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Old 01-24-2005, 08:13 AM   #66
The Saucepan Man
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Quote:
Originally Posted by lmp
The precedents lie outside Tolkien's legendarium. By this I mean that whereas there were benighted Men in Middle Earth who no doubt believed such things (and those in this Earth who do or did), those who had been exposed the Light of the West would know the truth as delivered to them, whether by the Elf-friends who received it from the Eldar, who received it from the Valar, who received it from Eru.
I am not sure that anyone in Middle-earth actually knew who or what Tom was. Indeed, I am not sure that Tolkien himself had any set idea as to how exactly Tom fitted in to the Legendarium. As you suggest, his origination as the embodiment of rural Oxfordshire doesn't really tell us much in this regard.


Quote:
Originally Posted by lmp
If people want to export Tom Bombadil to their own mythmaking, they need take no regard for the laws of ňa. In the meantime, Tolkien's subcreation is clear on this point.
Well, to the extent that Tolkien did have views on Tom's place within the Legendarium, this gets us back onto the old authorial intention v reader interpretation debate (Canonicity anyone ).


Quote:
Originally Posted by Mister Underhill
In the modern world (and in some modern literature) the average face of the guy next door may hide the soul of a brutal killer. In the mythic realm, it's more difficult to hide who you really are because your soul is literally visible.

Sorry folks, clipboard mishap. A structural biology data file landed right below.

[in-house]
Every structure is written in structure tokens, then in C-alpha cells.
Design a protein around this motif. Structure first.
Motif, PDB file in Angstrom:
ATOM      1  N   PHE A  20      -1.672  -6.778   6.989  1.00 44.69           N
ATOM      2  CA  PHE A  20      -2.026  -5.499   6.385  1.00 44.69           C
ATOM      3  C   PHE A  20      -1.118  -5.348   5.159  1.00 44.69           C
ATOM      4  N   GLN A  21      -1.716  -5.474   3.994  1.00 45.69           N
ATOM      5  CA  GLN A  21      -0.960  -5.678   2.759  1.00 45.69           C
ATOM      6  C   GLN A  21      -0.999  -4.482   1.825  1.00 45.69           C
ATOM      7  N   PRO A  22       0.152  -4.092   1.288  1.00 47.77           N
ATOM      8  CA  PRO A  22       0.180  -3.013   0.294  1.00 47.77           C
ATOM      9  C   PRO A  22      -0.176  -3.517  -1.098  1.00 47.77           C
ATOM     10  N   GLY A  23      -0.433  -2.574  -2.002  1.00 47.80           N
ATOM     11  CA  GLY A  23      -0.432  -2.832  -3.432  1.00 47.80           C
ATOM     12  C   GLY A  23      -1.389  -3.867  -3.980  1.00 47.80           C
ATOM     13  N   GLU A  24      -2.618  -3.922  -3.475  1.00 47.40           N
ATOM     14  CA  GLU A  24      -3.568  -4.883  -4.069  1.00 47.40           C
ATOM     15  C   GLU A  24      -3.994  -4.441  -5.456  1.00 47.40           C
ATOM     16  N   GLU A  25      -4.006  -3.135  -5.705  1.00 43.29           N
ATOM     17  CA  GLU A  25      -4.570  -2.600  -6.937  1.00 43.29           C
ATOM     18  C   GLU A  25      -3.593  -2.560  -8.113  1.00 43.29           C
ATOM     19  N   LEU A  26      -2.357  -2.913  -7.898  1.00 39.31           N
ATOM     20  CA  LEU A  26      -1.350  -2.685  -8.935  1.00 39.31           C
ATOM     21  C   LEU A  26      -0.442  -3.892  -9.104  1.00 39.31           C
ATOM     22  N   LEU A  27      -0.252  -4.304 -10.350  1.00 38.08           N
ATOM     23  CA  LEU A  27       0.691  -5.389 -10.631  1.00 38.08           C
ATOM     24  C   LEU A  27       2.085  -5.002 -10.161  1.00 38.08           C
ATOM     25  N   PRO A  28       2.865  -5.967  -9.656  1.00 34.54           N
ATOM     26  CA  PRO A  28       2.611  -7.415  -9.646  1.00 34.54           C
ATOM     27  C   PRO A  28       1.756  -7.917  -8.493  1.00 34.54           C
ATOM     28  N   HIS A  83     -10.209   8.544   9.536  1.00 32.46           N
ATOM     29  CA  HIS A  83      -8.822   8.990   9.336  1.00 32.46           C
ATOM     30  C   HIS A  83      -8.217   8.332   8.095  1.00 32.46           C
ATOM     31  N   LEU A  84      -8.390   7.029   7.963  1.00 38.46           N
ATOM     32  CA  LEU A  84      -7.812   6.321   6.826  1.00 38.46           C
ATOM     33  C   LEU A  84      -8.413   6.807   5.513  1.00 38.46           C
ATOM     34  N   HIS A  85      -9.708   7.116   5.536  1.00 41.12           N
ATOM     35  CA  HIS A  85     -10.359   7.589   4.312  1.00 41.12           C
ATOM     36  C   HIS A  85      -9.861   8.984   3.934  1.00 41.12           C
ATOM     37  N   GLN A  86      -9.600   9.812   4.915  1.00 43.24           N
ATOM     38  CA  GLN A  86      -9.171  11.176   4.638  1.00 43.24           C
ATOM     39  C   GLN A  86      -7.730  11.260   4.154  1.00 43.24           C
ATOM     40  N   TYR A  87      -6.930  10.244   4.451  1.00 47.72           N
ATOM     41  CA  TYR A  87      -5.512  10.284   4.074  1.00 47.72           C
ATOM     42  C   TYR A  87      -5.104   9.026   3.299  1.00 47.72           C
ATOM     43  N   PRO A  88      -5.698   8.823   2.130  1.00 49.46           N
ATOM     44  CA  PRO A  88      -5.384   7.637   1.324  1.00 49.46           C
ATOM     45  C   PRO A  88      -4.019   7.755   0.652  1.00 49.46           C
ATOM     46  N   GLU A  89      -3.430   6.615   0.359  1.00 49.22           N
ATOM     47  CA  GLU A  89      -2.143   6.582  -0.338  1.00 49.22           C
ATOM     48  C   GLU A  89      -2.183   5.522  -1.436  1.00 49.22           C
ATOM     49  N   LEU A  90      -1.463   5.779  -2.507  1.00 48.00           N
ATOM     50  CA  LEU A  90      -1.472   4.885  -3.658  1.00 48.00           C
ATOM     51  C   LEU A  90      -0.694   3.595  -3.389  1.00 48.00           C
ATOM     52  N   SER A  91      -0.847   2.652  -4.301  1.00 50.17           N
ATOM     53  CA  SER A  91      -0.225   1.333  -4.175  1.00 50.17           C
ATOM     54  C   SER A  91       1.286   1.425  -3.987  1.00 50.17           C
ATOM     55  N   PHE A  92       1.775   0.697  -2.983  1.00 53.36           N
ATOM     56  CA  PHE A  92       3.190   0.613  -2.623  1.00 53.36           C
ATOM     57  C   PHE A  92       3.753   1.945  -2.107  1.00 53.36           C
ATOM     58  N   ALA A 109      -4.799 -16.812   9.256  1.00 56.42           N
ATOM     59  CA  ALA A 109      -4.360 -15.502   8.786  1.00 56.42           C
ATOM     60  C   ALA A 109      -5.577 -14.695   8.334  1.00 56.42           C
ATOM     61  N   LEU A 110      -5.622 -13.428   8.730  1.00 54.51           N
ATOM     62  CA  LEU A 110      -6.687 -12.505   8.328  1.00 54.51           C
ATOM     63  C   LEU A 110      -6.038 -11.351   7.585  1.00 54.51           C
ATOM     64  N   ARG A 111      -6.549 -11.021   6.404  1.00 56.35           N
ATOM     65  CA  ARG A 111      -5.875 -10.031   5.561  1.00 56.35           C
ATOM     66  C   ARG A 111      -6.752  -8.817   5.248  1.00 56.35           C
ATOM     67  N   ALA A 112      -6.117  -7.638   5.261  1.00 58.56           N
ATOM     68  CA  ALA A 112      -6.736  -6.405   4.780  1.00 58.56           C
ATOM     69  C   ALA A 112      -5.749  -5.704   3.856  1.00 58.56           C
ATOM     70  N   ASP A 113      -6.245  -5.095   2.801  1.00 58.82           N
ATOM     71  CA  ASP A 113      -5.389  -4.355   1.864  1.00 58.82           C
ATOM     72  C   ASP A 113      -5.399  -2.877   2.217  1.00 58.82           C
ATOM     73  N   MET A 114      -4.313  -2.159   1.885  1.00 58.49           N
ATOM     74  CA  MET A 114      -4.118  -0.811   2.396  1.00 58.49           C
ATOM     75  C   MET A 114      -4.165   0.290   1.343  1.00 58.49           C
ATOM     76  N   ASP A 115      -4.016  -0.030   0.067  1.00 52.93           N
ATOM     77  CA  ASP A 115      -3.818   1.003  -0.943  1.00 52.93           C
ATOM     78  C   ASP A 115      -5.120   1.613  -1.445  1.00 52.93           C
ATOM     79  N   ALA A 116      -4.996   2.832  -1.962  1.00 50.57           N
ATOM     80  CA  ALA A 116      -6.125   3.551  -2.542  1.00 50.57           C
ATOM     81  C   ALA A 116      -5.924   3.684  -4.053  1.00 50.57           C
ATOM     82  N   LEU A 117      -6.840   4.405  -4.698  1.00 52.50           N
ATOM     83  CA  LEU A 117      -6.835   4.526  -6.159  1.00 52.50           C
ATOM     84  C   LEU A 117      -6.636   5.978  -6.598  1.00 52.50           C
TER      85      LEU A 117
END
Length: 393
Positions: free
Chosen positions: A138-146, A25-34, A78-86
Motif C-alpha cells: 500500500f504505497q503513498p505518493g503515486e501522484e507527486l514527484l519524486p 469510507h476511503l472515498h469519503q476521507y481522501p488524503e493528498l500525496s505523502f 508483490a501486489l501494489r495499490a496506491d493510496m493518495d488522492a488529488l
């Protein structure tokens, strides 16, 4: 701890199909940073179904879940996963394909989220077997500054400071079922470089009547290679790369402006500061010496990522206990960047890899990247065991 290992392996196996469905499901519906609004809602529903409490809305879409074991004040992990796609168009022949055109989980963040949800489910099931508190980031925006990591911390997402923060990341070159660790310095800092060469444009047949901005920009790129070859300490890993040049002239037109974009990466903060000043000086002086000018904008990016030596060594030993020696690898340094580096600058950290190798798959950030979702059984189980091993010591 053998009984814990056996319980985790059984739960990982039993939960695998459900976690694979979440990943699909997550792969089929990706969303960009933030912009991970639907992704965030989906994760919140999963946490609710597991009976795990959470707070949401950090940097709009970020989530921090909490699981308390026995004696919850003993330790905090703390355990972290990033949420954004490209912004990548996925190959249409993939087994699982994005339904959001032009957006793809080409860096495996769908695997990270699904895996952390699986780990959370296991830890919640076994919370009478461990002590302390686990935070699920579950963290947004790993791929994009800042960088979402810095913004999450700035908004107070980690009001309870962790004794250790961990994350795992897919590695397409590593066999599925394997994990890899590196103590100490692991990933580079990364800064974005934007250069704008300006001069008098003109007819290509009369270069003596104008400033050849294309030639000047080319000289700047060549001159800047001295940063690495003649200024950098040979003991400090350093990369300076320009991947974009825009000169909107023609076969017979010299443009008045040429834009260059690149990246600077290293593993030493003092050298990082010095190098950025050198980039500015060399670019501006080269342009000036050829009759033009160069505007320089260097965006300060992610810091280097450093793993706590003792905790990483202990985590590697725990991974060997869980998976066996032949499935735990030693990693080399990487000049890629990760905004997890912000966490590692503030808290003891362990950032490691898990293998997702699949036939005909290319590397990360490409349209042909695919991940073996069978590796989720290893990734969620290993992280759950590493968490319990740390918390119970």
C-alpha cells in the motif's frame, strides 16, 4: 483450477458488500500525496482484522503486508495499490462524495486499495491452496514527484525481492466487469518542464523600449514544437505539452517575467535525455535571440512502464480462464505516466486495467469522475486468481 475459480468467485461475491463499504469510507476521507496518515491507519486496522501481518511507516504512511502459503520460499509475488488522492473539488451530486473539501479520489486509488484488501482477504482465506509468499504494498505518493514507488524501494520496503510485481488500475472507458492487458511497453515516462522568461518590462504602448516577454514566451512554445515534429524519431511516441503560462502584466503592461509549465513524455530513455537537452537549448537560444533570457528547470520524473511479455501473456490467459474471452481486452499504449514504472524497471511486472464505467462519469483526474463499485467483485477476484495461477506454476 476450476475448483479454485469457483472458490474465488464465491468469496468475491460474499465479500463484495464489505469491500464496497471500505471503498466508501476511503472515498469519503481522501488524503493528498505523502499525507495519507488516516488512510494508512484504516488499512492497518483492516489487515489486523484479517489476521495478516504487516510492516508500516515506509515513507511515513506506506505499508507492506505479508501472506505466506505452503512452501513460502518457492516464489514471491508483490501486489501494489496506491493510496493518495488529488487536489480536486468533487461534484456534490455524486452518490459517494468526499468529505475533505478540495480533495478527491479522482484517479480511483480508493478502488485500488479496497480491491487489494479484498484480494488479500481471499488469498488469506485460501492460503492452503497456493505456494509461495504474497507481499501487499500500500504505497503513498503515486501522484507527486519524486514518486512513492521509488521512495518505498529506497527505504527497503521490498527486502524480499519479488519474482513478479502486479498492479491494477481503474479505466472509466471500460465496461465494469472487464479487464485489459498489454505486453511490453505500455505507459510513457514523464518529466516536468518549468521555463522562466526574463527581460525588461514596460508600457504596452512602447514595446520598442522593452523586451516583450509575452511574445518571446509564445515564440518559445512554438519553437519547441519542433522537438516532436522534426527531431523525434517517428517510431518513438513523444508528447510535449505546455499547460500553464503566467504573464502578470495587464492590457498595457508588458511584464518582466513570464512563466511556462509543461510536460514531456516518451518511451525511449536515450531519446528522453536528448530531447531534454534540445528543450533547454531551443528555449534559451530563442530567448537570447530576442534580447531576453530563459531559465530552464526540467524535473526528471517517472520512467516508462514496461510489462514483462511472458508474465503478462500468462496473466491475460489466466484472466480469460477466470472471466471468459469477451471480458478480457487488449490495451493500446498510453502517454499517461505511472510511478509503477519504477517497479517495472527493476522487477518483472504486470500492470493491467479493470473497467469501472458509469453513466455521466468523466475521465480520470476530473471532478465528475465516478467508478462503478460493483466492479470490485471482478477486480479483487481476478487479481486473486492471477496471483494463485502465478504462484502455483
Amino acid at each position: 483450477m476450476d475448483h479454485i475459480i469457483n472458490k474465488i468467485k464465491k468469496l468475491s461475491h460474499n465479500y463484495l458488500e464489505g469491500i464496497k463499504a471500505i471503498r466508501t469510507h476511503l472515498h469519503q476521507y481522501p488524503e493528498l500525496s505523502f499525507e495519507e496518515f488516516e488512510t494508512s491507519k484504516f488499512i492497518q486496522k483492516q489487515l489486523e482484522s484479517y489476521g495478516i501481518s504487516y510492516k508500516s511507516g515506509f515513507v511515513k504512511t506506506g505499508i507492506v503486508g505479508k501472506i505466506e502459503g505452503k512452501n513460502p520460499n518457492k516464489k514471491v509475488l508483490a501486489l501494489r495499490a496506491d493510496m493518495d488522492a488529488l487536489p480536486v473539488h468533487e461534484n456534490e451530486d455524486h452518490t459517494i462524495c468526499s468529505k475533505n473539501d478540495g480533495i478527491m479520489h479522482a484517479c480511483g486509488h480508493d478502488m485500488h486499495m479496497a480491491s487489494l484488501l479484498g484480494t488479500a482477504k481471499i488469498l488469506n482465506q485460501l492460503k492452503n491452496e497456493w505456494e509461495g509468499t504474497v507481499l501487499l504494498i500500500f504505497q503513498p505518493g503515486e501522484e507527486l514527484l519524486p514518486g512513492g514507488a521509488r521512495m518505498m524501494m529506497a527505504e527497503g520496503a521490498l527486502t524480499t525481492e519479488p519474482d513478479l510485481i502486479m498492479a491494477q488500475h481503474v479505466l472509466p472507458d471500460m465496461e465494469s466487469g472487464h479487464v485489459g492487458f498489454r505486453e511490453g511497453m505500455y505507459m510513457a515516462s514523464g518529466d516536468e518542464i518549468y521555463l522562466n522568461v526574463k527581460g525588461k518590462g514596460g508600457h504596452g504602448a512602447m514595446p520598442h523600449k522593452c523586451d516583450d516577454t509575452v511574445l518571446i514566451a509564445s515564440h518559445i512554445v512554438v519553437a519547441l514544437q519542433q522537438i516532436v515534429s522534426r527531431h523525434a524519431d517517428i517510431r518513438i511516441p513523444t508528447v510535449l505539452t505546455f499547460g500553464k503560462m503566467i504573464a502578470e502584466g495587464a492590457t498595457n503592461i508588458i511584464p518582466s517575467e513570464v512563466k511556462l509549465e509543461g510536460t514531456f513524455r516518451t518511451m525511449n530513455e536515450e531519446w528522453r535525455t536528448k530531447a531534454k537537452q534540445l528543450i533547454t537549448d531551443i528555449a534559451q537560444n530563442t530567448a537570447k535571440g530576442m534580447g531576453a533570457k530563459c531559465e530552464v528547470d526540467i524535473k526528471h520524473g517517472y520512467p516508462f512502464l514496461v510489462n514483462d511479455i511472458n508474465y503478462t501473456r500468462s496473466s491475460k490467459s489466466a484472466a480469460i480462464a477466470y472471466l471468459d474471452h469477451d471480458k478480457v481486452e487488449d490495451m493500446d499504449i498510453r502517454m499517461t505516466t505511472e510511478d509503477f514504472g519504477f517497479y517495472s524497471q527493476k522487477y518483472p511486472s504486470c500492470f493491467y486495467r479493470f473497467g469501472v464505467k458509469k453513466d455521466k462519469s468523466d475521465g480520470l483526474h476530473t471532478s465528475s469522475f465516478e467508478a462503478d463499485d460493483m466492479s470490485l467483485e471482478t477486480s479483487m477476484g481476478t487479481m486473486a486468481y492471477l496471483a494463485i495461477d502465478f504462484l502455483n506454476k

It seems to me that Mr U has hit upon a good point here. Very few of Tolkien's villains can be described as fair. Certainly not the "foot-soldiers" of evil: Orcs, Trolls, Nazgul and the like. Both Melkor and Sauron were, I would imagine, fair in their beginnings but became unable to take on fair form as they became more consumed by their evil deeds (although Sauron was able to appear in fair form, as Annatar for example, for a lengthy period after his corruption). Clearly, the likes of Ungoliant and her spawn cannot be described as fair. Indeed, the only truly evil character (that I can think of) who does not carry the physical hallmarks of his evil nature is Saruman. Although not, perhaps, an Adonis in looks, his voice was fair (and deceptive). And he was able to hide his true nature for a long while, although once it became fully manifest he was unable to resist attempting to persuade Gandalf over to his cause, thus "blowing his cover".
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